Eclipse Aviation says it will be able to pay its workers on Tuesday and has asked them to report for work as usual on Monday. The company, which sent home workers without their paychecks last Thursday and left it up to them whether they stayed at the plant, did not say what caused the delay in paying them. Also, Cessna has announced that about 500 jobs will be cut from its Wichita workforce by January and 165 (of 420) will be lost at Bend. Hawker Beechcraft has announced a cut of 490 people; and Piper has announced a reduced workweek program to save the company money, but retain jobs. Cirrus already announced layoffs in September, affecting about 8 percent of its workforce. Being aircraft companies, the losses are complicated, could effect city and state incentive packages previously arranged to support the companies and promote job growth, and could easily extend to suppliers.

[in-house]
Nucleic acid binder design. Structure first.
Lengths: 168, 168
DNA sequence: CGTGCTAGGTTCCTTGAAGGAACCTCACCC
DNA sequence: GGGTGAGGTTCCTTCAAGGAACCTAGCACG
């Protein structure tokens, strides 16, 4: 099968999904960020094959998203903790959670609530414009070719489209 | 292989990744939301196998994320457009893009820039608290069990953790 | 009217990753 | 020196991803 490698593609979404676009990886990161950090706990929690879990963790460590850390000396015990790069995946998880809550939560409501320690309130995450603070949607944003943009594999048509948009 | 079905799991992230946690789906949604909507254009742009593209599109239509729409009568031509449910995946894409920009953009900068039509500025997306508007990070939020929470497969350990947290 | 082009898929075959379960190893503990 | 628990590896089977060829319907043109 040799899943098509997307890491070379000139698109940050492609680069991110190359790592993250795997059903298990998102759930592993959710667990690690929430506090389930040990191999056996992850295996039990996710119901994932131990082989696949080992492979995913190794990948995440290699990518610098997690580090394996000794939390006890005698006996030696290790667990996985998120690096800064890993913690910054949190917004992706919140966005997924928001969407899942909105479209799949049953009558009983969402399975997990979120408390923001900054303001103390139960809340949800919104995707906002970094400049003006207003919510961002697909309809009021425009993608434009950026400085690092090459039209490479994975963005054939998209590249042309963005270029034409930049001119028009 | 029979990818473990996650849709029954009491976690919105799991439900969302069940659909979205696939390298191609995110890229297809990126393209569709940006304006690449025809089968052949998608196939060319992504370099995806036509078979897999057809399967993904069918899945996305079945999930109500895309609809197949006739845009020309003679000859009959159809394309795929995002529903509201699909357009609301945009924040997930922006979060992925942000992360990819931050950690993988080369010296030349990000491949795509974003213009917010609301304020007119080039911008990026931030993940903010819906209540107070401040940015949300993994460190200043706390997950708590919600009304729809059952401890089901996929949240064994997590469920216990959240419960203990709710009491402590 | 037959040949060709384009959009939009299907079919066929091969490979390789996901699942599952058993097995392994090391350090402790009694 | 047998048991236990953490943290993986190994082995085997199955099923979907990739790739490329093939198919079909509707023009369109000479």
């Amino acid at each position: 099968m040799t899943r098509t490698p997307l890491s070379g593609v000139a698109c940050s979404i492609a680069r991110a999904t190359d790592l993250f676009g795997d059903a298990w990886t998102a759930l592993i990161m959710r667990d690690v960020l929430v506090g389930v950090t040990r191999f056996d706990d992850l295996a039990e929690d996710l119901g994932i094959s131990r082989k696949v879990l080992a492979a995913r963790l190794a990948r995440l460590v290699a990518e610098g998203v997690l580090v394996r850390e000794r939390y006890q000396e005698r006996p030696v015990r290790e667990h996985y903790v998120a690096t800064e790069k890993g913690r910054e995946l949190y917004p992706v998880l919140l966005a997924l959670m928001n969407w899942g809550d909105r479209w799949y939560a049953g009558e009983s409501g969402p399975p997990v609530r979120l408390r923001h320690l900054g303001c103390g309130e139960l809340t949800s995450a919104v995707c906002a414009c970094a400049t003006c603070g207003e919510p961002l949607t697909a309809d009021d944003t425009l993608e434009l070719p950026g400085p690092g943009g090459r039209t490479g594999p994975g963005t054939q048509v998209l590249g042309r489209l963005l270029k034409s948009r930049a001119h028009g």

Piper, which has an agreement with Florida to stay in the state and receive $32 million in incentives, needs to increase its workforce to 1400 and build the PiperJet, to see that money. The jet's development costs have been estimated at more than $100 million -- a figure on par with the size of the incentive package ($100 million over 20 years) Eclipse says it received from local government in New Mexico. Cessna has a deal with Kansas, Wichita and county officials worth "tens of millions" (about $43 million), according to The Wichita Eagle, that requires the company to build a plant, put 1,000 people in it and produce Citation Columbus jets by 2014. Business jet shipments continue to be good and Cessna intends to honor that deal. Beechcraft's 5 percent workforce cut comes along with lowered production targets for 2009, and Cirrus' layoffs (of about 8 percent of its workforce) are a reaction to similarly lowered expectations for sales this year.